At the end of every summer, Burning Man brings 50,000 celebrants to the desert. It has become an institution and a valuable business.Founded in 1986, Burning Man is an annual weeklong event in Nevada's Black Rock Desert at which some 50,000 people build a temporary city and celebrate with art, music, and a burning of a 40-foot effigy known as "the Man." Created by Larry Harvey, it has become an institution and, as it happens, a valuable business. As told to Issie Lapowsky.I suffer from an excess of idealism.
In part one of this video series, Indeed SVP Paul D’Arcy explored the research behind unconscious bias and how it can affect hiring decisions. Unconscious bias can have the unfortunate effect of screening out exactly the kinds of candidates companies need: people with fresh perspectives who can add value to their companies.
So what can employers do about it?
Screening out unconscious bias
At this year’s Indeed Interactive, Paul also shared some of the solutions he received to this challenge both from audience members and in a problem-solving breakout session.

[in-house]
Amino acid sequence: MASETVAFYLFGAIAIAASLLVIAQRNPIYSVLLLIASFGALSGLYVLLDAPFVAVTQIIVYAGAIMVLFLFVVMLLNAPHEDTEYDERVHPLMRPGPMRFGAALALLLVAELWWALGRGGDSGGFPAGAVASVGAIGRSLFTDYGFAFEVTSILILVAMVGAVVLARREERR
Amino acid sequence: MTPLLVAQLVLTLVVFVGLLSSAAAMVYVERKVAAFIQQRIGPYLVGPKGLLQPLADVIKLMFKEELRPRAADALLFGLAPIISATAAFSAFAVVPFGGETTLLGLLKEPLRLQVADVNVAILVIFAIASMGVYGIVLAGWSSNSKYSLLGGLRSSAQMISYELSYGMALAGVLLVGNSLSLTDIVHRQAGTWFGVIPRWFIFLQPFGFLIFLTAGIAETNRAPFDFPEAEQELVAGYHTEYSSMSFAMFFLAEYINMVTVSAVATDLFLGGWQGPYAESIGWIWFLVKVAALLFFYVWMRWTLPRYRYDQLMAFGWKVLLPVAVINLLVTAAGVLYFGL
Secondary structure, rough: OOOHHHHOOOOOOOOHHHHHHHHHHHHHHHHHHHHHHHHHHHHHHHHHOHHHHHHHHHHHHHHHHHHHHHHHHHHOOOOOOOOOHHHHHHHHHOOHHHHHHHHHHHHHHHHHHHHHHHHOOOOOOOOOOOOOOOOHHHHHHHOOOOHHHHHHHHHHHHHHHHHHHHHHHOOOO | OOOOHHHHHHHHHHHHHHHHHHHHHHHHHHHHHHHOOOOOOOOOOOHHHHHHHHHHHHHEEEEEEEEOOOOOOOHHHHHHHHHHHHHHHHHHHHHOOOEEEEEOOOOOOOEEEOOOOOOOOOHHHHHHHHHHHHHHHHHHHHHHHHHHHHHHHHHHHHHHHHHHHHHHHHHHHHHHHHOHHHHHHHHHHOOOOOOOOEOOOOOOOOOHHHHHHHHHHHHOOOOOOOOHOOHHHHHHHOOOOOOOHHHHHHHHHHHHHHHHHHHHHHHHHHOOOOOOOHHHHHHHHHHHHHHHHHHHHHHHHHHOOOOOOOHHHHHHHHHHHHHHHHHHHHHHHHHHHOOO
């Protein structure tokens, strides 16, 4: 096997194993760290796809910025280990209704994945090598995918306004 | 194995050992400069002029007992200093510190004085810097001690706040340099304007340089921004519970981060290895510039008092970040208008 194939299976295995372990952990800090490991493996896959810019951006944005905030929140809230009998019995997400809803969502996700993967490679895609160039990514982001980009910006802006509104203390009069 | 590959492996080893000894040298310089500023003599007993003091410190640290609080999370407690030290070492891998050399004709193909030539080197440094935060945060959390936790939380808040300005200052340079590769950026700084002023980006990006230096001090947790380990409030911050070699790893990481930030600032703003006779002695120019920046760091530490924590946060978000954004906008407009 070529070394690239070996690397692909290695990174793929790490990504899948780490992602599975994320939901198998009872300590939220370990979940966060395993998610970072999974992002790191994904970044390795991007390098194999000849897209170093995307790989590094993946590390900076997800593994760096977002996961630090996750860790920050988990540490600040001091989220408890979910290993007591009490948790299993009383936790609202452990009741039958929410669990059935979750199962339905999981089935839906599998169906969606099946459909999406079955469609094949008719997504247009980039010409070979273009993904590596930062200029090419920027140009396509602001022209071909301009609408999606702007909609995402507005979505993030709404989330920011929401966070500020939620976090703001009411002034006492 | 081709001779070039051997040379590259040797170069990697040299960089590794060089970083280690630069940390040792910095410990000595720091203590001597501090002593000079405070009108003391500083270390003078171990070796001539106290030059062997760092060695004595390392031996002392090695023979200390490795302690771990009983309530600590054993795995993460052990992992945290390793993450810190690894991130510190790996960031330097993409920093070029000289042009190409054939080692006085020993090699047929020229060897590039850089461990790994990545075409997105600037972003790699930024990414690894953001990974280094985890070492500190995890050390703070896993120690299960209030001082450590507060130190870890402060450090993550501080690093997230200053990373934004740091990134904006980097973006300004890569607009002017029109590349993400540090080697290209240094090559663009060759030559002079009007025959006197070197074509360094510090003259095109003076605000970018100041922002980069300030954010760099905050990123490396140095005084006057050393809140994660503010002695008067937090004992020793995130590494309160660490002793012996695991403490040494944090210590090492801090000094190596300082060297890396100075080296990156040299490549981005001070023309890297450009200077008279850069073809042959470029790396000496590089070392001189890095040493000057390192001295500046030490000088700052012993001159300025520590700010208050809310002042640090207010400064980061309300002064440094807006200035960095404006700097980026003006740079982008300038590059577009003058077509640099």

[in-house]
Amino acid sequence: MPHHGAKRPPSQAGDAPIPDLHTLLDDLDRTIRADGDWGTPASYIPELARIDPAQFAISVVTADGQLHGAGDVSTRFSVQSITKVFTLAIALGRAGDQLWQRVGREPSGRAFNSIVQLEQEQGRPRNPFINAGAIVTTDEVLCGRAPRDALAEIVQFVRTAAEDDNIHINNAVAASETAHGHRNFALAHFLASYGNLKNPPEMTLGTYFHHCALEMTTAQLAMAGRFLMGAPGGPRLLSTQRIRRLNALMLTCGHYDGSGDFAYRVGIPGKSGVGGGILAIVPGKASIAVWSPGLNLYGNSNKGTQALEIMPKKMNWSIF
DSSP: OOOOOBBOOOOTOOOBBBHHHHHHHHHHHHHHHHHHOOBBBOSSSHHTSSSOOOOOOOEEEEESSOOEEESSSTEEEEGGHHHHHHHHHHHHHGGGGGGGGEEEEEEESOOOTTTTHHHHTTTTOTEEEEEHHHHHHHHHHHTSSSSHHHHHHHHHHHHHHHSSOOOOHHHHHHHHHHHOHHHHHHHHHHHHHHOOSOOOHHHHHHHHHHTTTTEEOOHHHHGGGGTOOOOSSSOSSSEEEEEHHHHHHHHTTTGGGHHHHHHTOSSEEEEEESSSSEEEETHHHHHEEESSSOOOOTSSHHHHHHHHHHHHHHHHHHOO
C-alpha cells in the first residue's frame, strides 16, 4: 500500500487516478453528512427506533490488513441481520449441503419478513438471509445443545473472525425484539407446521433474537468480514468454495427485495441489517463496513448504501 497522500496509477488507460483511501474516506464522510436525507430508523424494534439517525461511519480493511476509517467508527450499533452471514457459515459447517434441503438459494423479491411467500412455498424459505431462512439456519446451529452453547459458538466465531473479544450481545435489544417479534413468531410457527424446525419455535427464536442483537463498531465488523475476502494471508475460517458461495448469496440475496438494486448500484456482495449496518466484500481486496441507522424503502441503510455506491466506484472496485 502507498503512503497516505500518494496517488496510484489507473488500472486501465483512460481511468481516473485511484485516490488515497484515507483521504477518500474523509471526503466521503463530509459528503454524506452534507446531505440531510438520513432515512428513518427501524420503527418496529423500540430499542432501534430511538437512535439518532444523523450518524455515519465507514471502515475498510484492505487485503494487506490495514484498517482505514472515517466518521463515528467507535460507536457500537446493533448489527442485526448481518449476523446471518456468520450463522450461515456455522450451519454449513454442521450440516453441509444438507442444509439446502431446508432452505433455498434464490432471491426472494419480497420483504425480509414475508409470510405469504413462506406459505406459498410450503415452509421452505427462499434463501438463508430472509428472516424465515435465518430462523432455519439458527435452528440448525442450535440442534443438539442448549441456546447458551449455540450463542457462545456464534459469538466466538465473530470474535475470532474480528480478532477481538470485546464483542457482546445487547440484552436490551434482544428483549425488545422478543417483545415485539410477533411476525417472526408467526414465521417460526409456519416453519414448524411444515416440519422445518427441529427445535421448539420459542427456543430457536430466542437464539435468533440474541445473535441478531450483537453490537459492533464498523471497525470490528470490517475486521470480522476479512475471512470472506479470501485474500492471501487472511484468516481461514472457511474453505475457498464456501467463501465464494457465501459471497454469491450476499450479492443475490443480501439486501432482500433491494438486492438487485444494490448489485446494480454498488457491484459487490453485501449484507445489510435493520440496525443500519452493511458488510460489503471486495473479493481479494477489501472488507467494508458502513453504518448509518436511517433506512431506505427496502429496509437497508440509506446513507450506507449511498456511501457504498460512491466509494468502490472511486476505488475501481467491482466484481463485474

These strategies come from a diverse range of organizations and people, all of whom are experimenting with new ways of mitigating bias. The suggestions included removing details like names, locations, race and national identities from resumes under consideration.
One philharmonic orchestra is holding its auditions behind screens so the gender of each performer isn’t revealed, and a law firm is scrubbing education details from their resumes so their decisions are not swayed by a school’s prestige.
The results of these efforts have been very eye-opening.
With bias removed from the process, candidates who employers might have overlooked before are starting to get a fairer shake. Businesses in turn are benefitting from the fresh perspectives those candidates bring with them.
To learn more about how organizations are screening out their unconscious biases, watch this short video of Paul’s Interactive address above.